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Modelling of Transport within Porous Solids Sean Rigby Chemical Engineering

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Problems being addressed Intrusion and extrusion of a non-wetting fluid within porous solids –simulation of mercury porosimetry Coupled diffusion and reaction with coke deposition in porous heterogeneous catalysts

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Mercury porosimetry Pore structure characterisation technique based on non-wetting property of mercury. Can be used to obtain porosity, pore-size distribution, and pore connectivity descriptors. Indirect technique, so interpretation of data is ambiguous, and requires a model. More understanding of the physical processes involved should improve interpretation of raw data.

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Mercury porosimetry simulations Characterise pore structure using MRI. Simulate mercury intrusion and retraction in structural models based upon MR images. Predict spatial distribution of entrapped mercury (and pressure-volume curves). Compare with X-ray tomography images (and other data).

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MR data MR provides 128 x 128 x 14 grid-size map of the spatial distribution of porosity, pore size and tortuosity for ~2-3 mm dia. pellets. Image voxel 40 x 40 x 250 m

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Porosimetry simulations Predict mercury intrusion and extrusion using an pseudo-equilibrium, percolation-based model. Obtain predicted spatial distribution of mercury for 2D slices.

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X-ray tomography Compare model predictions with X-ray images using image analysis techniques, e.g. determine typical mercury ganglion size using auto- correlation function. Pellet dia. ~ 3 mm; Voxels 14 x 14 x 14 m 2D grid size typically 220 x 220 pixels

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On-going work Adapt pseudo-equilibrium model to include kinetic effects during retraction. Leading to increase in computing demands.

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Computing requirements Progress limited by time required for simulations/image analysis to run on a PC. Simulations take ~1 day on good desktop PC. Image analysis takes ~2-3 days on PC.

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Coupled diffusion and reaction processes Many diffusion-limited reactions in porous heterogeneous catalysts are accompanied by capillary condensation and/or coking. Liquid/solid deposition in pores affects mass transfer rates, and thus catalyst activity. How does the pore structure influence these processes? What is the best catalyst for a given process?

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Diffusion and reaction simulations Model porous solid as a three-dimensional cubic lattice of interconnected cylindrical pores – 1000 nodes. Use dusty gas model and Kirchoffs equations to model diffusion and reaction within network. For example, a pore network with 1000 nodes, a pore inter-connectivity of 6, 6 finite different points in each pore and 6 components in the vapour results in a system of differential equations with 124,800 unknowns.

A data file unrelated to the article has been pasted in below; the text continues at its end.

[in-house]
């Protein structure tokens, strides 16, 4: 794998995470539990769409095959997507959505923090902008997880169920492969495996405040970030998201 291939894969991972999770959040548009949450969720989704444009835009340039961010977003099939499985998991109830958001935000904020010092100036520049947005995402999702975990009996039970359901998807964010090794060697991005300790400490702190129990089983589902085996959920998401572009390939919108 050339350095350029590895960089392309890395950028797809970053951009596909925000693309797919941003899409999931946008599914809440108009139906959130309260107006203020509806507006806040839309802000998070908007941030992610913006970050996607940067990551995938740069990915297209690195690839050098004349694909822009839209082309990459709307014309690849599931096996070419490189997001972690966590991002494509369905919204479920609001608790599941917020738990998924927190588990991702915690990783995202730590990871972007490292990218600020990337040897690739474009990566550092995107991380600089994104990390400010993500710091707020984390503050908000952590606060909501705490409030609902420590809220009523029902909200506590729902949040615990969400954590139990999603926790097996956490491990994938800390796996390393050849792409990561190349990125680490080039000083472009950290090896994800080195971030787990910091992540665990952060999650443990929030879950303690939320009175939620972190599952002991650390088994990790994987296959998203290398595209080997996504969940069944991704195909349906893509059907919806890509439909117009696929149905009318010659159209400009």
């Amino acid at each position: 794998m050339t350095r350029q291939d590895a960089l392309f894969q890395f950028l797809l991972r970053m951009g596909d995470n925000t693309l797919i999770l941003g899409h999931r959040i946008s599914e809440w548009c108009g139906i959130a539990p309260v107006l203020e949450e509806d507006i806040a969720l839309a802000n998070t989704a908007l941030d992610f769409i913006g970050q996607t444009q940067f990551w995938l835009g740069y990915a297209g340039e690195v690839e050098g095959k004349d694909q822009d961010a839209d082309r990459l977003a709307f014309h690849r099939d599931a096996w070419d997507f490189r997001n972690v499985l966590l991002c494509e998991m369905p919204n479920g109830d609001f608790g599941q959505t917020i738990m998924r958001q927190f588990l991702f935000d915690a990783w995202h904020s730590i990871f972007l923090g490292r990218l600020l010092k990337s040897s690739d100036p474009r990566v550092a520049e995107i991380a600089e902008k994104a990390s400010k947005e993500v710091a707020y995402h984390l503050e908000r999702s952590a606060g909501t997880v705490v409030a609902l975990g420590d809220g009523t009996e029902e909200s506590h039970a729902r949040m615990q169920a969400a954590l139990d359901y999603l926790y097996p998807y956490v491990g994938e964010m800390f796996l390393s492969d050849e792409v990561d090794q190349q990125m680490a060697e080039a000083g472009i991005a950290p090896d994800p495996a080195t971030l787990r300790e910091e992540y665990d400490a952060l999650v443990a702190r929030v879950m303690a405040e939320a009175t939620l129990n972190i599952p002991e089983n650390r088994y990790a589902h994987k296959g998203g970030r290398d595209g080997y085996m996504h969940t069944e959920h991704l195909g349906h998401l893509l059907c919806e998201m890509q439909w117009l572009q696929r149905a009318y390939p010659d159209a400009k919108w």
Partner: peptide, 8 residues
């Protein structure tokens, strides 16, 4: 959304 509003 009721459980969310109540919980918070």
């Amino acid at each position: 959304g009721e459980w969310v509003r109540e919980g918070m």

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Proposed solution of equations Rieckmann and Keil (1997) gave the Jacobian matrix for similar systems. As the Jacobian matrix is non-symmetric and not diagonally dominant, the system of non-linear equations is very difficult to solve. In this work the solution methods of Rieckmann and Keil will be applied. –A Schur complement technique is used to decompose the Jacobian matrix, in order to decouple the pore equations from the node equations (Rieckmann and Keil, 1997 ). –A subspace search algorithm is used to ensure that the solution of the model equations converges efficiently (Rieckmann and Keil, 1999)

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Implementation The diffusion/reaction model was coded in the C programming language. The non-linear equations for the single pores were each solved using the FORTRAN NAG routine C05NBF. The decomposition of the Schur complement matrix and solution of the resulting linear system was performed using NAG routines F01BRF, F01BSF and F01AXF. The CPU time taken for the diffusion/reaction algorithm to converge on a dedicated DEC-alpha workstation is approximately 1 h.

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Further work Incorporate more complex pore geometry using pore bond and throat networks? –But equations get more complex too.

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Alternate approach Some catalyst pellets have highly correlated pore structures which may facilitate a meso-scale approach. Meso-scopic model will reduce computing demands and allow larger section of pellet to be modelled than for network models.

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